If the Court overrules Clancy and adopts the theory of the Santa Clara Court of
Appeal , we should expect to see similar boilerplate language not only in divorce actions
but also in other contracts in order to permit contingent fees. For example , the client may
wish to offer a witness a fee contingent on the outcome of a case , in violation of Rule 5-
310(B) of the California Rules of Professional Conduct. The fee would not be contingent
on the content of
25 , 2008 (RJN), Exhibit A , at pp,.
12- 14 (Agreement for Legal Services , pp. 1- 3).
We should also expect to see contingent fees for representing a defendant in a
26 Under the theory
criminal matter. Now , the law does not allow such contingency fees.
of the Court of Appeal in Santa Clara lawyers should be able to charge fees contingent
on securing an acquittal , as long as the contract has boilerplate language certifying that
the client retains ultimate control as to whether to plead guilty or innocent.
II. TO ALLOW PRIVATE LAWYERS , REPRESENTING THE STATE TO
PROSECUTE PUBLIC NUISANCE ACTIONS, TO PERSONALLY
PROFIT FROM CONTINGENCY FEES VIOLATES DUE
When a government lawyer has a personal interest in the litigation , the financial
neutrality on which the judicial system is predicated is violated. Clancy explained , in the
course of citing constitutional decisions , that not only prosecutors but " other government
attorneys can be disqualified for having an interest in the case extraneous to their official
function. 27 Paying private lawyers a contingency fee not only creates problems with
legal ethics , it creates problems under Constitutional Law because it gives lawyers
representing the Sovereign a personal financial interest that is extraneous to their official
This Court in Clancy understood this basic principle , which helps explain why it
prohibited contingent fees in public nuisance actions. The plaintiff is suing on behalf of
the Sovereign to vindicate public interests , not on behalf of non- governmental interests
(such as when a city sues a plumber for damages caused by faulty repair of a public
Clancy cited with approval Tumey v. Ohio 273 U. S. 510 (1927), which declared
unconstitutional a system where the mayor of a town served as judge in liquor possession
cases. The punishment was a fine , with the money paid into a fund that the mayor could
26 A. A. Model Rules of Professional Conduct , Rule 1.5(d)(2); Restatement
of the Law Governing Lawyers , Third , g35(1)(a); , CALIFORNIA PROCEDURE
177 , p. 247 (5th ed. 2008).
use to recover his costs for hearing the case. That created an improper financial
Clancy similarly cited with approval Ward v. Village of Monroeville 409 U. S. 57
(1972). A state law
forfeitures , costs and fees of the mayor s court provided a substantial portion of the
village funds. This arrangement
In the same paragraph/8 Clancy cited with approval People v. Conner 34 Cal. 3d
141 (1983), also involving Santa Clara County. The case held that there was a conflict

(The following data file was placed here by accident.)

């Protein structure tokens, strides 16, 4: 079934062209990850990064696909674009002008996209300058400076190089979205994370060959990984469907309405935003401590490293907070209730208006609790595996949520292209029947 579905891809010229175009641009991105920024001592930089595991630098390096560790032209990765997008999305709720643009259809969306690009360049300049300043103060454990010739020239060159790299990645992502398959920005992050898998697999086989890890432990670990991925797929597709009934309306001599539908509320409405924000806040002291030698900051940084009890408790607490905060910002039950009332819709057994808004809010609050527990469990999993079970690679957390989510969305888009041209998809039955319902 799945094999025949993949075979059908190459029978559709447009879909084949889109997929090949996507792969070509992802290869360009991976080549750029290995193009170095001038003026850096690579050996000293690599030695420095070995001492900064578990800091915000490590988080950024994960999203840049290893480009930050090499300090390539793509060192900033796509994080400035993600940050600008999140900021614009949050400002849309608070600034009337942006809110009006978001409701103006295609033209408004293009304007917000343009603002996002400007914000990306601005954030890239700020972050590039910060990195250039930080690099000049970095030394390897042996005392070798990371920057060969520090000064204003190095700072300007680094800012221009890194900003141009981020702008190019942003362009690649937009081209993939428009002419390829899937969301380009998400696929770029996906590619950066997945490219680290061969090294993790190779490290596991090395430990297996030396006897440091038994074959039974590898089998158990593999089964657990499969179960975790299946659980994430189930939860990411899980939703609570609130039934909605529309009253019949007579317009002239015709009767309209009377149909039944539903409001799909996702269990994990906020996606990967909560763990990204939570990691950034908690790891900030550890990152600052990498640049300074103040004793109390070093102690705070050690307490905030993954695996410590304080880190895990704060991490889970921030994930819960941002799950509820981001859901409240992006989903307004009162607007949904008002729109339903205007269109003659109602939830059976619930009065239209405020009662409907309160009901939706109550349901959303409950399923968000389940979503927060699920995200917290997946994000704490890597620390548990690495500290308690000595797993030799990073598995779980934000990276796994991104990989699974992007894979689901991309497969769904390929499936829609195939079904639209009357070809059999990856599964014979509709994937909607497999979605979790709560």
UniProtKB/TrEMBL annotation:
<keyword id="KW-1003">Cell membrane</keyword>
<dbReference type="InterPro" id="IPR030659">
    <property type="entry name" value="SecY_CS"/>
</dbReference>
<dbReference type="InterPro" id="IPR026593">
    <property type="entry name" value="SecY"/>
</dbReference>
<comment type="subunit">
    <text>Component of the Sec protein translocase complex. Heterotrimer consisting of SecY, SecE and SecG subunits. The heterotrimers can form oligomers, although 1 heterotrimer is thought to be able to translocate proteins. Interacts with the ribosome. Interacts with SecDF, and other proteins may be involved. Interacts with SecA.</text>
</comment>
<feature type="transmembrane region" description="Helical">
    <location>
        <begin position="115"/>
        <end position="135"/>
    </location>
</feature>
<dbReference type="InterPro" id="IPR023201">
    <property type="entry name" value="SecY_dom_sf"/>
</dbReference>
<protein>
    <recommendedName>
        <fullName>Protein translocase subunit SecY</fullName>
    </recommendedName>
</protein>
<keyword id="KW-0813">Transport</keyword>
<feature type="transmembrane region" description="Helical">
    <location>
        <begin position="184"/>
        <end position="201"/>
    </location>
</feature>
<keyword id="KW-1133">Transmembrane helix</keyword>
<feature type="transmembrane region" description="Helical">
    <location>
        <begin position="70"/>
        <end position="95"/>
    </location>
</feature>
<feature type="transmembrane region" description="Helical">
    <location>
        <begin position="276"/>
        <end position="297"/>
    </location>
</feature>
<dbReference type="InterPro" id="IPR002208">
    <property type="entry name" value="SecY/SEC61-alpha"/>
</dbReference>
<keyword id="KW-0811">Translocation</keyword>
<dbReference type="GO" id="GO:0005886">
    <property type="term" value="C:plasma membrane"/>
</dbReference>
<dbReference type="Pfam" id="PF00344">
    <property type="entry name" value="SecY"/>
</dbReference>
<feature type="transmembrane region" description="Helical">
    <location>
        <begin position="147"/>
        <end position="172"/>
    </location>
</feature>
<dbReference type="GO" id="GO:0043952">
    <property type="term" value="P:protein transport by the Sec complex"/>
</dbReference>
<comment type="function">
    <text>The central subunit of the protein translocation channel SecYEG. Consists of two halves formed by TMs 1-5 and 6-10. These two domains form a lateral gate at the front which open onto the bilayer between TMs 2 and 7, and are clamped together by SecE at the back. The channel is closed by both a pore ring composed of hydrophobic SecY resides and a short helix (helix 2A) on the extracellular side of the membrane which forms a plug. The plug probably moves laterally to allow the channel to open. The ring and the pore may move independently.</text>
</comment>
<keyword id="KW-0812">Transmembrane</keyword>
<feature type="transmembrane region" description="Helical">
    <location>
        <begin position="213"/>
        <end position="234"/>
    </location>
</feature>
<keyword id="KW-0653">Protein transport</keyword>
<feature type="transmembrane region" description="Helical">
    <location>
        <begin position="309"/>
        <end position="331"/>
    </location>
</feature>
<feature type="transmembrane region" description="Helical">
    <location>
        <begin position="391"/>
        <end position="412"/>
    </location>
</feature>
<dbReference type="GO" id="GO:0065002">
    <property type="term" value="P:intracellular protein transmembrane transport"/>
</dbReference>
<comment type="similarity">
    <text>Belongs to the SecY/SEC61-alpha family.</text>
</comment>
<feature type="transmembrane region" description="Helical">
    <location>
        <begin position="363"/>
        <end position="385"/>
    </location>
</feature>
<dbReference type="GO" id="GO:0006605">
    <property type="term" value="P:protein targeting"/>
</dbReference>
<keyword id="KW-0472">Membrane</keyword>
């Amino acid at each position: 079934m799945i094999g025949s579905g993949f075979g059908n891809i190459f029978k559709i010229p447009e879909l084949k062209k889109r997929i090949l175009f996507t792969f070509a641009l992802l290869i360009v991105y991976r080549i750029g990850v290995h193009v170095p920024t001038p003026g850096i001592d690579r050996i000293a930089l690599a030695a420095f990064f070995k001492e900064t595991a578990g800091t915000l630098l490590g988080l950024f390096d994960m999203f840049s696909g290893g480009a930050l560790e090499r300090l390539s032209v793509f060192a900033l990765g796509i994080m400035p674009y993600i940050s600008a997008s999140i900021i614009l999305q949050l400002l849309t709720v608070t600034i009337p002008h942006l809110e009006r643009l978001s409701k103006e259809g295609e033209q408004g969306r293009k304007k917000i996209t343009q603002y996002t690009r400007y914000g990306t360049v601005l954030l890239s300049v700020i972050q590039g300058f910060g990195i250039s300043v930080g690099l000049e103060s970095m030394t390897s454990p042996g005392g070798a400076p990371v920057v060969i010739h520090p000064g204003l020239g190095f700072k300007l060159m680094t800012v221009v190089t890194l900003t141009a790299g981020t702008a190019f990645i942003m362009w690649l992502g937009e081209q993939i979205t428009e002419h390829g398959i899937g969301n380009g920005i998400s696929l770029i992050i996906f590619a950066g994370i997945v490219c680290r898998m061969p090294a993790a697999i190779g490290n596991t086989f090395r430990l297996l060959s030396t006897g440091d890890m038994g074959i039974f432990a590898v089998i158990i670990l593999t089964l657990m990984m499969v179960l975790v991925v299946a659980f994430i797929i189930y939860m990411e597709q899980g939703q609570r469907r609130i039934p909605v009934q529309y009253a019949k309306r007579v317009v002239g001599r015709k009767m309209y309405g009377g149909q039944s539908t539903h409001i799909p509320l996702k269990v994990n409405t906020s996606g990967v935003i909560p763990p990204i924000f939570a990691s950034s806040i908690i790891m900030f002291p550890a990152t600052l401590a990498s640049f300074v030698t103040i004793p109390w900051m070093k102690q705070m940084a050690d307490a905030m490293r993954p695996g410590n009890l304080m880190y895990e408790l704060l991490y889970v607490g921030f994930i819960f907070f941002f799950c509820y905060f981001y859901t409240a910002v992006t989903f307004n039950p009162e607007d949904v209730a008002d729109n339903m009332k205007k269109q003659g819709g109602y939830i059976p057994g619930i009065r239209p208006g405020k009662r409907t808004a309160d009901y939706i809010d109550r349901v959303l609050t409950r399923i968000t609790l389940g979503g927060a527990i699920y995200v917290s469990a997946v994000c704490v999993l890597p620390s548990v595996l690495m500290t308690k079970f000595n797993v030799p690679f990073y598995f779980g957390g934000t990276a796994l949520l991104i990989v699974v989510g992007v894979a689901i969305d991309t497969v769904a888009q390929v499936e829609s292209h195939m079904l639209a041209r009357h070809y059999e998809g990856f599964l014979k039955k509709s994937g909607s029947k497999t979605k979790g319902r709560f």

interest when a deputy district attorney was a witness to (and arguably a victim of) the
criminal conduct that others in his office were prosecuting.
of the entire county district attorney s office.
People v. Superior Court (Greer), 19 Cal. 3d 255 (1977), disqualified the
prosecutor because a woman working in his office was the mother of the victim and a
material witness. She stood to gain s children if the prosecutor
secured conviction of the defendant. The jury decided the facts and the court decided the
law , yet the prosecutor was in a conflict because the situation prevented him from
impartially performing discretionary functions.
The Clancy Court explained the general theme of all of these cases: " When a
government attorney has a personal interest in the litigation , the neutrality so essential to
the system is violated. " 39 Cal. 3d
Other cases reflect this same theme. In Ganger v. Peyton 379 F. 2d 709 (4th Cir.
1967), the prosecutor who secured a conviction was , at the time of trial , also representing
the defendant' s wife in a divorce proceeding against the defendant. " Such a conflict of
interest clearly denied (defendant) Ganger the possibility of a fair minded exercise of the
prosecutor s discretion. Id. at 712. The court rejected the
must show specific misconduct or prejudice. The Government charged Ganger with a
39 Cal. 3d at 746- 47.
serious assault , with imprisonment of 20 years. Instead , he was convicted of a lesser
assault and sentenced to only 6 months. Still , there was a constitutional violation: "
think the conduct of this prosecuting attorney in attempting at once to serve two masters
the people of the Commonwealth and the wife of Ganger , violates the requirement of
fundamental fairness assured by the Due Process Clause of the Fourteenth Amendment."
Id. at 714. So too , in this case , the private law firms are serving two masters , the
Government , and all of their private economic interests.
And , of course Us. ex
, there is Young v. 481 U. S. 787